It goes without saying: 2020 was far from an ideal year for most of us. Looking back, however, it was also a year that brought many noteworthy watch launches despite the huge obstacles posed by the pandemic and its effects on the world economy. As we look ahead hopefully to 2021, it’s time for our annual look back at some of those timepieces, in various popular categories. Today, we showcase the standout perpetual calendar watches that debuted this year.
Chopard’s L.U.C Perpetual T combines two of high horology’s most complex mechanisms — a tourbillon and a perpetual calendar — into a 43-mm case made of ethically sourced 18k white gold, a material that Chopard has been introducing steadily into both its watches and jewelry. Its copper-colored dial is also made of solid gold and decorated with a hand-engraved guilloché pattern that radiates not from the dial’s center but from the large date display at 12 o’clock. In addition to that big date, the dial features the month and leap year display at 3 o’clock; the tourbillon, with a polished steel bridge and small seconds hand, at 6 o’clock; and the day-of-the-week and day-night display, at 9 o’clock. The timepiece’s sophisticated engine, sophisticated engine, Chopard’s L.U.C Caliber 02.15-L, stores an astounding nine-day power reserve in four barrels thanks to Chopard’s patented Quattro technology; the the indicator for the power reserve is on the back of the movement so as not to overload the dial. Click here for more details.
Frederique Constant’s biggest news of 2020 was the re-release of its Highlife collection, which originally debuted in 2000. For the most complex timepiece in that revamped series, the brand installed its first in-house perpetual calendar movement, Caliber FC-775, into the 41-mm barrel-shaped Highlife case. The calendar functions of the Highlife Perpetual Calendar Manufacture are set and adjusted via inset buttons on the case: The button near 5 o’clock advances the moon-phase display (at 6 o’clock on the dial), while another near 8 o’clock is used to set the date of the week. A button at 10 o’clock advances the day and date (indicated on subdials at 9 o’clock and 3 o’clock, respectively) simultaneously. Finally, the button near 11 o’clock adjusts the month and the leap year (elegantly arranged on the subdial at 12 o’clock) at the same time. The movement measures just 6.7 mm thick, beats at 28,800 vph, holds a power reserve of 38 hours, and consists of 191 parts, including 26 jewels. To explore the entire Highlife collection, click here.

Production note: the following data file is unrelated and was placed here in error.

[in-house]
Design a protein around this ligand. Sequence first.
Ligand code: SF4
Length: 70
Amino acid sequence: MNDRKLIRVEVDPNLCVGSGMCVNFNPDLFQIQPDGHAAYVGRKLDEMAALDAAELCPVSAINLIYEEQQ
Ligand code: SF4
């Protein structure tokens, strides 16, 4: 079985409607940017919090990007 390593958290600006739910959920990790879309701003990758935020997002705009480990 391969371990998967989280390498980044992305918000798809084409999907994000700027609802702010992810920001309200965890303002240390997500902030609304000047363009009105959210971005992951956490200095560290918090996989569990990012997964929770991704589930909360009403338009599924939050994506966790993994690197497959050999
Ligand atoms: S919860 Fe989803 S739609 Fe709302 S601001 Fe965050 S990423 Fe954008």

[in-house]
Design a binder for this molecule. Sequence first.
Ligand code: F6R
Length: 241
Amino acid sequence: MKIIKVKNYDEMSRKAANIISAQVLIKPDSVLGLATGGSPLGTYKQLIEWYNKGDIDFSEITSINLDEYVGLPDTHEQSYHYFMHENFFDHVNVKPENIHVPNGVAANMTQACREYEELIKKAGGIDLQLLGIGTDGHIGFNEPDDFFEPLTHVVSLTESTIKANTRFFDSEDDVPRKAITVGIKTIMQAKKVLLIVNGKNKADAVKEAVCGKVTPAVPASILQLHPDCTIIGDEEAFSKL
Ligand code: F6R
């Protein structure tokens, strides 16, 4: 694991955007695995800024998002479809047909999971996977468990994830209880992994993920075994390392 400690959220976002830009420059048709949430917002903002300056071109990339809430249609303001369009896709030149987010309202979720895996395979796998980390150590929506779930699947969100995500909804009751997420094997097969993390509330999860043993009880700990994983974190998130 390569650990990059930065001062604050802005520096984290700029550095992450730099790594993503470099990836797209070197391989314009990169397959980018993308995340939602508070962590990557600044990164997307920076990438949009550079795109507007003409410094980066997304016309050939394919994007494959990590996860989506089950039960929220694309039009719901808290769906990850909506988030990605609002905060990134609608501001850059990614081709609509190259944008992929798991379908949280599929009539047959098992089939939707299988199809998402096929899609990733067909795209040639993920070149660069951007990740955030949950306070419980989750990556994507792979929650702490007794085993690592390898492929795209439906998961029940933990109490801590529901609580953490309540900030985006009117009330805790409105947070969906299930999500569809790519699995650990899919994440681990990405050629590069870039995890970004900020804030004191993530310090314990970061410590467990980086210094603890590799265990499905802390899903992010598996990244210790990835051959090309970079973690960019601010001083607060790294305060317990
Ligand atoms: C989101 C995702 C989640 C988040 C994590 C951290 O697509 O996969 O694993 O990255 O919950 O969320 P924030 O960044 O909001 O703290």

Greubel Forsey’s seventh “Invention Piece,” the QP à Équation, debuted in a new version with an 18k rose gold case and chocolate-colored gold dial. The watch is driven by a movement equipped with an ingenious mechanism that Greubel Forsey calls a “mechanical computer” — a sub-assembly within the 624-part caliber partly inspired by the systems used in large astronomical clocks since the end of the 15th century. Its mechanical “brain” consists mainly of rotating, co-axial coded elements in an arrangement complemented by a system of programmed movable sections. Depending on its geometry and speed of rotation, each element generates its own indication in a cyclical, pre-programmed way. In this manner, the mechanical computer can display all the indications of the perpetual calendar, each generated by its own co-axial coded element — date, day, month and four-digit year — along with seasons, equinoxes, solstices, and the equation of time. Despite its immense complexity, the watch is surprisingly simple to operate, with all its indications controlled by a single selector set into the movement’s winding crown. For a more detailed look at the watch’s functions, click here.
The MB&F Legacy Machine Perpetual EVO, which ushered zirconium into watchmaking for the first time, may well be the toughest and sportiest MB&F watch to emerge from founder Max Büsser and his team of watchmaking “Friends.” Zirconium is a silvery gray metal that is lighter than steel and more durable than titanium, and its aforementioned combustibility makes it very dangerous to machine. The watch’s 44-mm case is made of this material, which is prized in biomedical circles for its hypoallergenic and anti-microbial properties, and imparts a water resistance of 80 meters, a first for an MB&F watch. Another new element in this evolution of the LM Perpetual calendar is the “FlexRing” annular dampener, fitted between the case and the movement, which offers exceptional shock resistance along the vertical and lateral axes. The movement itself, designed and developed in cooperation with Irish independent watchmaker Stephen McDonnell, is built entirely from the ground up — no base caliber, no module — and designed with many of its most visually stunning elements on the dial side, including its large suspended balance. Click here to delve deeper into the LM Perpetual EVO and its innovative movement.
Combining perpetual calendars with chronographs is a Patek Philippe specialty — few other watchmakers even venture into that high-horology territory — and one of the standouts is the Ref. 5270, housed in a yellow-gold case for the first time in 2020. Its silver opaline dial, with gold leaf hands, hosts day and month in windows below 12 o’clock, subdials at 3 and 9 o’clock for elapsed minutes and running seconds, and a combined analog date display/moon-phase at 6 o’clock, flanked by day-night and leap-year indications. A tachymeter scale occupies the dial’s outer edge. The manufacture movement inside, Caliber CH 29-535 PS Q, combines a complex split-seconds chronograph device, with six patented innovations, with an ultra-thin calendar mechanism — just 1.65 mm thick, yet made up of 182 parts. Check out all of Patek Philippe’s high complications for 2020 by clicking here.